The removal of her citizenship means the teenager currently has no legal right to enter the UK or gain a British passport and cannot request assistance to leave the Syrian camp where she is currently being detained with her newborn son. On the question of Shamima Begum’s son, a child born to a British parent prior to the removal of their citizenship would still be considered British: as such, it would theoretically be possible by law for the Home Office to then strip the citizenship from the child, but government officials would need to balance the rights of the child against any potential threat to national security that they posed.

The British Nationality Act 1981 gave home secretaries the legal power to revoke British citizenship if the presence of the individual in the UK was “not conducive to the public good” or if their nationality was gained fraudulently. In 2014, the government extended the law to let the power be used even when people would be made stateless, if they have “conducted themselves in a manner seriously prejudicial to the vital interests of the UK”.

“In practice, this power means the secretary of state may deprive and leave a person stateless if that person is able to acquire (or reacquire) the citizenship of another country,” official guidance states.

The government has argued that citizenship deprivations protect the public, but critics accused it of abdicating responsibility and setting a “dangerous precedent”. Their use of controversial powers to remove British citizenship has already soared by more than 600 percent in a year, with Shamima Begum just one of the 150 people who have been subjected to the measure for the public good since 2010.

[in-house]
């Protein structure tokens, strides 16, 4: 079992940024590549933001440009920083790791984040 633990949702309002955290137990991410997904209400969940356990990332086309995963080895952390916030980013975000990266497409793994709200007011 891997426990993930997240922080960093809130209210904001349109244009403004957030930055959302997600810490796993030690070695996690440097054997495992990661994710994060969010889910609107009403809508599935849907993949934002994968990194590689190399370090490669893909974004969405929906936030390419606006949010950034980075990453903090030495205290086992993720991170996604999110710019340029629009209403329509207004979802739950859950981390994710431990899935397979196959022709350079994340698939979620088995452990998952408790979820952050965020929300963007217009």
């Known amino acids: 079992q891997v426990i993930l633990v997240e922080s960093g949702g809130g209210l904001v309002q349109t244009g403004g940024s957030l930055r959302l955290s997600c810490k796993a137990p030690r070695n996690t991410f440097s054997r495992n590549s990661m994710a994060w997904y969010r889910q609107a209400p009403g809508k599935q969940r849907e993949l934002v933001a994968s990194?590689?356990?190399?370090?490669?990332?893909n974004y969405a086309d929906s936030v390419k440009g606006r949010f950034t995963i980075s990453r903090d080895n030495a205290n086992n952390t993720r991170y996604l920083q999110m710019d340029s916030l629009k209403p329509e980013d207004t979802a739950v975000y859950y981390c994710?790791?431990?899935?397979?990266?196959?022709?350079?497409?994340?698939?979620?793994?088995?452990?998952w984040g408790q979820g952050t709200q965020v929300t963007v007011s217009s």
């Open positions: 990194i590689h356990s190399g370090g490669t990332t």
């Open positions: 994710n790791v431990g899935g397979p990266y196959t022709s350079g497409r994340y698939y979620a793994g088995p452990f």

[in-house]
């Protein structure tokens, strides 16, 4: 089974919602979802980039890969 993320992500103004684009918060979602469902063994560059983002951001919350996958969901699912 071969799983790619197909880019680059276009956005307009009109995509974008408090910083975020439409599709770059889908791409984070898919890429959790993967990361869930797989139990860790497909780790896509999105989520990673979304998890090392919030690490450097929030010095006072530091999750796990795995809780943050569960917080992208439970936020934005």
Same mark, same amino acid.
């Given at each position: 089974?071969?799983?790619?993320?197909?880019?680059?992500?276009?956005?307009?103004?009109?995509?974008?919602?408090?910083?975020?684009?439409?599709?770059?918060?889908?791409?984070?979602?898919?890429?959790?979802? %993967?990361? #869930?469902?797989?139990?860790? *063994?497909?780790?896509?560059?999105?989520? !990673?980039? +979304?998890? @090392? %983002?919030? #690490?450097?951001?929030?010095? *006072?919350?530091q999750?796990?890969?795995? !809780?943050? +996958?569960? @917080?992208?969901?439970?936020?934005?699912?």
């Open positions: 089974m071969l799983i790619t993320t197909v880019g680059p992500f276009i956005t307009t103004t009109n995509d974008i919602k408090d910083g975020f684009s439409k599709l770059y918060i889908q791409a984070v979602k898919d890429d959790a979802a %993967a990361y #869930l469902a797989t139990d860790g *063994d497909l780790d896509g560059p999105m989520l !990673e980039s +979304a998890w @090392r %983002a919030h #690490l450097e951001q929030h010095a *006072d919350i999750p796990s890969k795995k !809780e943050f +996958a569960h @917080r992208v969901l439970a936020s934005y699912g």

Now, the mayor of London, Sadiq Khan, has warned of the potential implications that this decision could have on the millions of people who have family roots overseas. According to Khan, the Home Secretary’s decision “risks creating a second class of citizenship – one that can be removed at the whim of a politician”, and calls into question what it means to be British.

The mayor’s words reiterate those of the Muslim Council of Britain, which has expressed that the removal of Begum’s citizenship “amplifies fears of a two-tiered citizenship system, sets a dangerous precedent, and demonstrates an abdication of responsibility, one that could send a chill down the spine of not just British Muslim communities, but also all Britons whose parents come from immigrant backgrounds”.

No matter how you feel about Shamima Begum and where you stand regarding her rights in the UK, it cannot be denied that this case has set a worrying tone across the country. While the circumstances surrounding Shamima Begum may have made it necessary for her citizenship to be questioned, the decision has served to expose how insecure the rights of citizens of dual or immigrant heritage truly are in Britain today.

Naila Kosar | 360 Business Law & 360 Law Services | Immigration Lawyer